A horrible hack

Ashtar

Ilmasaari

Year Released: 2015
Format: CD
Label: Czar Of Bullets
 
Reviewed by Alex Hannan on Aug 23, 2016
ASHTAR's debut record is adorned with an opulent purplish painting of a young woman being ministered to by a spirit while strange beasts and dragon creatures weave around them. Inside, the two band members strike meaningful poses over the light of a candle. Incense seems to waft gently from my speakers. They are a Swiss doom two-piece whose debut LP was put to tape around their second year together as a band. Deep and pillowy fuzz envelops the guitars as they ring out, mournful but determined, on opener "Des siècles qui éternellement séparent le corps mortel de mon âme" and a female voice mysteriously whispers the title, which speaks of "centuries that eternally separate the mortal body from my soul."

Much of the record develops atmosphere from simple means - rich sonics, slow-moving riff patterns, guitar melodies weaving over a solid bass and rhythm guitar backing, occasional borrowings from black metal, opulently gloomy moods. The album's recording and the balance of the various elements is one of its strengths, although there is something a little jarring about the occasional prominence of quiet acoustic instruments against the tower of amps, like the banjo that plucks patterns over the dark riffs of track 3. The prevailing repetition gives extra impact to moments of change like the section three minutes into "Celestial" when we finally get a phrase ending after some time spiralling around the same stonerish ideas.

The first half of the record is the strongest, but also contains seeds of the weaknesses which are a more serious problem in the last three songs. Riff follows riff without always conveying a sense of progression - like the metre changes in the central section of "Celestial" or the repeated alternation of languorous doom with clipped uptempo sections in "Moons." The over-extended runout of "Celestial" is like a dragging phone conversation. Picture me silently pulling faces, rolling my eyes at the ceiling and making "wrap it up" hand gestures.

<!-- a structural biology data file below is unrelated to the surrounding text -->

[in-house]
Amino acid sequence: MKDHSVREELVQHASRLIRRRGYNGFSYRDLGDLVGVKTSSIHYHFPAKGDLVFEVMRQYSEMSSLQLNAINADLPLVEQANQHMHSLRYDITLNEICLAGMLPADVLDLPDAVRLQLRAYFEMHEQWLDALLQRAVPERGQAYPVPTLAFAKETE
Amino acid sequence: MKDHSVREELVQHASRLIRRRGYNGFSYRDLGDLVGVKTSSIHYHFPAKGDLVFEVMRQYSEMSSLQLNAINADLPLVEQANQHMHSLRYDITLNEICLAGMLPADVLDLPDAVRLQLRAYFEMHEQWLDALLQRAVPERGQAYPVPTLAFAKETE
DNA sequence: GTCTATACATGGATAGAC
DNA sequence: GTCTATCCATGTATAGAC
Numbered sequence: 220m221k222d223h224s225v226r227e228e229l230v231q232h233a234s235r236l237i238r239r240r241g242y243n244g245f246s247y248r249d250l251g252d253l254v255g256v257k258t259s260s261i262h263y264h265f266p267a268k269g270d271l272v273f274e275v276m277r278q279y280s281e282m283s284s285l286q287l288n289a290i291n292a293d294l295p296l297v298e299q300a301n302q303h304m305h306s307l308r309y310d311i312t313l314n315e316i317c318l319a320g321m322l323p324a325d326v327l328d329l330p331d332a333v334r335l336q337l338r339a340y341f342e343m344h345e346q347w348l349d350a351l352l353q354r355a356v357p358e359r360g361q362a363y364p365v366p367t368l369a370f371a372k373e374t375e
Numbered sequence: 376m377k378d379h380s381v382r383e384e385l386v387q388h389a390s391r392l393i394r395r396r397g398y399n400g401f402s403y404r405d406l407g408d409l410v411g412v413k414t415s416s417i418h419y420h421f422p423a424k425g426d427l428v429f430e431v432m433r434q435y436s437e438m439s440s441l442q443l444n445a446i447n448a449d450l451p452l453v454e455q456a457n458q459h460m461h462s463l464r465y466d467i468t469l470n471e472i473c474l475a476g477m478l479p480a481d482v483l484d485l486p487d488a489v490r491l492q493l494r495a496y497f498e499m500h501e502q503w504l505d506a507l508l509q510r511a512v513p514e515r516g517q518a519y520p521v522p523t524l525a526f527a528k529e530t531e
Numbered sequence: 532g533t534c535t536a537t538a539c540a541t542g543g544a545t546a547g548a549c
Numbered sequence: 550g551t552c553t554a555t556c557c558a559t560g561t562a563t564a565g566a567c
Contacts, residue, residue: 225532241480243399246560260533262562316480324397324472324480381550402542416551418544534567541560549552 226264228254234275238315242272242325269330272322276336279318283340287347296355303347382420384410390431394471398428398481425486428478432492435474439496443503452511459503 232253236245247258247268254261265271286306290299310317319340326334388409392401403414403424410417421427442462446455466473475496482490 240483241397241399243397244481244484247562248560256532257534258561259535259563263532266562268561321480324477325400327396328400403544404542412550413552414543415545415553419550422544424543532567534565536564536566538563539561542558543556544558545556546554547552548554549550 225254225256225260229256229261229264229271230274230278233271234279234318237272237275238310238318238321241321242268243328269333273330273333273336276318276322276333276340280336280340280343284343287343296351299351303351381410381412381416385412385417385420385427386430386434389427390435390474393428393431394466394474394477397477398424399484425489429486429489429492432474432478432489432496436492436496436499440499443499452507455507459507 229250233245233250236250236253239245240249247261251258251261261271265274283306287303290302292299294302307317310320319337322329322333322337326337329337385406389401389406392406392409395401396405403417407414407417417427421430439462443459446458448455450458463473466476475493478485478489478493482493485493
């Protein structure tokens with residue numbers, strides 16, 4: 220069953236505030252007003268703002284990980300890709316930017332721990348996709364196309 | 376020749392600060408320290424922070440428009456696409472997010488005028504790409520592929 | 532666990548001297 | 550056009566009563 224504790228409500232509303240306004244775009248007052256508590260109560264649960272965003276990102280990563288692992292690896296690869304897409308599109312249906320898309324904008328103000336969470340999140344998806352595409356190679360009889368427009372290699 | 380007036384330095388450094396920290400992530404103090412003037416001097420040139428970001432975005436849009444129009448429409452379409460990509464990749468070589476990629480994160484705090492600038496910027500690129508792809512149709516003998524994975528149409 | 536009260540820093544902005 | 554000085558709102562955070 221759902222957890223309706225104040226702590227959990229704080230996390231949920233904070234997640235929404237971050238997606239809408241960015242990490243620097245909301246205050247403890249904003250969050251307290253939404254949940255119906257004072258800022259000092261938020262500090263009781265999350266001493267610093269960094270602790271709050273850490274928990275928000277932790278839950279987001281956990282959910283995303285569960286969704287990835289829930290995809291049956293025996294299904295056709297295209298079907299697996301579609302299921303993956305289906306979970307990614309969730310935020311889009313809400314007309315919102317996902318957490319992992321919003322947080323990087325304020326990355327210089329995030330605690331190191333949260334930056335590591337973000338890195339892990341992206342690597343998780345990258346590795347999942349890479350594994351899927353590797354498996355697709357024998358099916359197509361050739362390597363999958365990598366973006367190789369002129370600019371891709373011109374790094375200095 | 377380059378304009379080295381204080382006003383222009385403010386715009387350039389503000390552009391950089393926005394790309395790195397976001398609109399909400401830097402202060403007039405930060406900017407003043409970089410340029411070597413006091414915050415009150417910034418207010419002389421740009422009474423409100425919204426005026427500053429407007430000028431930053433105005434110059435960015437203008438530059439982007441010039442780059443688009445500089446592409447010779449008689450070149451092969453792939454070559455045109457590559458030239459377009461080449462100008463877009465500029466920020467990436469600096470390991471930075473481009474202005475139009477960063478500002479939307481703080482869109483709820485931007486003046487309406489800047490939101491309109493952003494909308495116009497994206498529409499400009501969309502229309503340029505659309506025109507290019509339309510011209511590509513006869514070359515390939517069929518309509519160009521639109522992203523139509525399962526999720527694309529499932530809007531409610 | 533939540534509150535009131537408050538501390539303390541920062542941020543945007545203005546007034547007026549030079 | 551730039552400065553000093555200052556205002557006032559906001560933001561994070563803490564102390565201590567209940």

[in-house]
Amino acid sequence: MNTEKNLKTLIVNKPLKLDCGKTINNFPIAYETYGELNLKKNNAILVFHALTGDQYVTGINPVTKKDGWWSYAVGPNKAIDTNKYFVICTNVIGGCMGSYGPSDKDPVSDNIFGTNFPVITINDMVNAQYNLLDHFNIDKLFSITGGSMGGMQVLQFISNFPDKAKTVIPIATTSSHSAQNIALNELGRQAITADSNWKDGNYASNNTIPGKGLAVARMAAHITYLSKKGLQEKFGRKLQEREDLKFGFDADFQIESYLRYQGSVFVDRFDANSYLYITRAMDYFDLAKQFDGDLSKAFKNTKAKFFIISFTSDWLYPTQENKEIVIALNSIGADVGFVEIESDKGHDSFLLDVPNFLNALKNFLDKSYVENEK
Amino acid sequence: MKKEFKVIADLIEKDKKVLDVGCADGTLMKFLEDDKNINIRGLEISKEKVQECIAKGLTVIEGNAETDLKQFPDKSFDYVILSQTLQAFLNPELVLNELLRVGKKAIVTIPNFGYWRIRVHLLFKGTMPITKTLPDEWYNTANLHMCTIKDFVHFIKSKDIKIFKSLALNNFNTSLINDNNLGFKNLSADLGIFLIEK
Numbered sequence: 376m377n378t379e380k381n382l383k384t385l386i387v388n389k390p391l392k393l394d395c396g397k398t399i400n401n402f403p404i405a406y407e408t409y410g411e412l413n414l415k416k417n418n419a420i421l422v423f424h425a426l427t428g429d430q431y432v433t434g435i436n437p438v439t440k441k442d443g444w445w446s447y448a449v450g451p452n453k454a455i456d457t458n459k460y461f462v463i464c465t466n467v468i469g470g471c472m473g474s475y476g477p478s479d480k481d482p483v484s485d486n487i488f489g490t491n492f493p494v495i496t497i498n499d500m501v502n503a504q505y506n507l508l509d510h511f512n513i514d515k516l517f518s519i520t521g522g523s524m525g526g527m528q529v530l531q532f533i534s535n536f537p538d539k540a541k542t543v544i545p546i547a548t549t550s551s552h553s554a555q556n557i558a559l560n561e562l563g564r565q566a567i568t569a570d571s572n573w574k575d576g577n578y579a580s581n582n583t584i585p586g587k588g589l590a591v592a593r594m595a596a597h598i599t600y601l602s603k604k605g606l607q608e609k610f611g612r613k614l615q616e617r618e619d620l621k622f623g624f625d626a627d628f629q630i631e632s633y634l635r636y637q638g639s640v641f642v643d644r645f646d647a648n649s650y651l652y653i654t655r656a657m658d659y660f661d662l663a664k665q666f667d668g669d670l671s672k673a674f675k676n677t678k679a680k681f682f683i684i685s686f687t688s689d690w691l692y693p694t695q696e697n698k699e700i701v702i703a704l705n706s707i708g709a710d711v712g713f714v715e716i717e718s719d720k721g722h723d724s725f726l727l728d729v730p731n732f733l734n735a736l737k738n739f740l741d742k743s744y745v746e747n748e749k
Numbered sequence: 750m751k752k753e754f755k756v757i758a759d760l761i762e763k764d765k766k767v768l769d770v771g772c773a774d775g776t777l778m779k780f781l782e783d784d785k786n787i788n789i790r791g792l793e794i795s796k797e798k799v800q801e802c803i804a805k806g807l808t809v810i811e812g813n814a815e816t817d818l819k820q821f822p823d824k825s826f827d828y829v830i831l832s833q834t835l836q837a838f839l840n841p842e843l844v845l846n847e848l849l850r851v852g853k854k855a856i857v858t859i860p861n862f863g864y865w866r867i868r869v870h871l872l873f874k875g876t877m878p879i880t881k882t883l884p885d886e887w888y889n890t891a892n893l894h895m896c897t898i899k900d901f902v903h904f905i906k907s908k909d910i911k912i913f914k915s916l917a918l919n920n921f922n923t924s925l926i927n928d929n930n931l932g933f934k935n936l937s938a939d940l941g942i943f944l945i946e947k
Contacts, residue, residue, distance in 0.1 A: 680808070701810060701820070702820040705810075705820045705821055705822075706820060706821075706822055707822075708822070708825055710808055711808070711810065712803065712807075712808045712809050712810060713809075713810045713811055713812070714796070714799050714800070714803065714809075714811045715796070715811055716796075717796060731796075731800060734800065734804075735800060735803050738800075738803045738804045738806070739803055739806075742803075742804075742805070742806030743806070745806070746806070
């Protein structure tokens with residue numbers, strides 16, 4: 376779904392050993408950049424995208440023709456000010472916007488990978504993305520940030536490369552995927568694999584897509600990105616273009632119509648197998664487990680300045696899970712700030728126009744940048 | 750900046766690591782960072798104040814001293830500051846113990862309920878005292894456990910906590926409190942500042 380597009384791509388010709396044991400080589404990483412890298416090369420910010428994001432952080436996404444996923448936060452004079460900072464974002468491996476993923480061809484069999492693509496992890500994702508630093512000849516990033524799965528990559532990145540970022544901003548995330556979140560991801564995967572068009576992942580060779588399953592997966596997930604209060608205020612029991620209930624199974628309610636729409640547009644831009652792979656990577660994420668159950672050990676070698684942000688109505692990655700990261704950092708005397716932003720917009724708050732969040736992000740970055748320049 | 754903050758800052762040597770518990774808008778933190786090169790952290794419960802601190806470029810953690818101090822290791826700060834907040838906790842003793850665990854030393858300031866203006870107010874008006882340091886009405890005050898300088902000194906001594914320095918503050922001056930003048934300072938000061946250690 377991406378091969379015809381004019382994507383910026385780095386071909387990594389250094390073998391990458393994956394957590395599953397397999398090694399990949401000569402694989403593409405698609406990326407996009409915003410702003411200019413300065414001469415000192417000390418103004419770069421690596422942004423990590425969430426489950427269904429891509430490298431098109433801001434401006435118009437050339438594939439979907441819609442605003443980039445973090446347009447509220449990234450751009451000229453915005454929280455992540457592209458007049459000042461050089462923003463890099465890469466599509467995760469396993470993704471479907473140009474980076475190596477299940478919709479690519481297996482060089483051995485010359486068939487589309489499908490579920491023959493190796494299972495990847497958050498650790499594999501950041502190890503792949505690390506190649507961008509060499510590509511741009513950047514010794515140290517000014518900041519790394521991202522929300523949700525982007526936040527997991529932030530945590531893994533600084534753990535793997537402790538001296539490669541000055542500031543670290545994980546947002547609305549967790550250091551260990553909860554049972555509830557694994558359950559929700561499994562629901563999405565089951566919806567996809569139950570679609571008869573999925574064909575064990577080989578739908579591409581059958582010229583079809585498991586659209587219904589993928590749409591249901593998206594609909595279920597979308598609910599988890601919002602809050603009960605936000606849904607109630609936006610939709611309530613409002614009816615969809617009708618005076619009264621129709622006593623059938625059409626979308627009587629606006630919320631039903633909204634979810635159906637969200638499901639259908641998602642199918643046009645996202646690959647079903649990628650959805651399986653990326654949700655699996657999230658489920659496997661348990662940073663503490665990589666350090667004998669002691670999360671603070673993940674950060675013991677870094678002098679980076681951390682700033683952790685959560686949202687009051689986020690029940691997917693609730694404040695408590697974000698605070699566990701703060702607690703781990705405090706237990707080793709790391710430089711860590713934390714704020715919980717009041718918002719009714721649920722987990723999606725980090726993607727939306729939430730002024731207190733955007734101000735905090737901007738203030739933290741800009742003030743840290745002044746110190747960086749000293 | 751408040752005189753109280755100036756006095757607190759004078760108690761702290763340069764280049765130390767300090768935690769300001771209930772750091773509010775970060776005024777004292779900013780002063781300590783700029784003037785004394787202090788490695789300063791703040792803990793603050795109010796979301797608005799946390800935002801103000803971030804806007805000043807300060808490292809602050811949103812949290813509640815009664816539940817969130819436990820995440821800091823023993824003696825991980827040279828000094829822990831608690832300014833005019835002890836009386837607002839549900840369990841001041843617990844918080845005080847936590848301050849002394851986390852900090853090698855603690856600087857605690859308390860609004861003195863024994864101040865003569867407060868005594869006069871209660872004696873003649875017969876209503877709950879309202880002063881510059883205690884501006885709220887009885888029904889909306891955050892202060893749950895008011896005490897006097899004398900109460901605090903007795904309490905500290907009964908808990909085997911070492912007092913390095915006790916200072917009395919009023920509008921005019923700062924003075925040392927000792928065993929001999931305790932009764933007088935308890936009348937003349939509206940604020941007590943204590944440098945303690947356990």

There is still plenty of sumptuous texture going on which can draw you back in - "Moons" has some atmospherically intoned backing vocals, with typically portentous lyrics. "Will we ever sleep again at night? / Will we ever feel anything again?" "These nights will shine on" drags, unfortunately, with a lack of interesting riffs and a bloated track length. Where a band like LYCUS or PALLBEARER might use longer, more complex building blocks that reward repeated listenings with new nuances, the ideas here are mostly short, spilling all their meaning on first listen. The band have been expanding to a five-piece for live performance - if these extra recruits are going to become regulars, perhaps new blood and a less studio-based working method can inject some fresh ideas and flexibility into their structures, to give the songwriting the boost to match ASHTAR's clear talent as performers and crafters of soundscapes.


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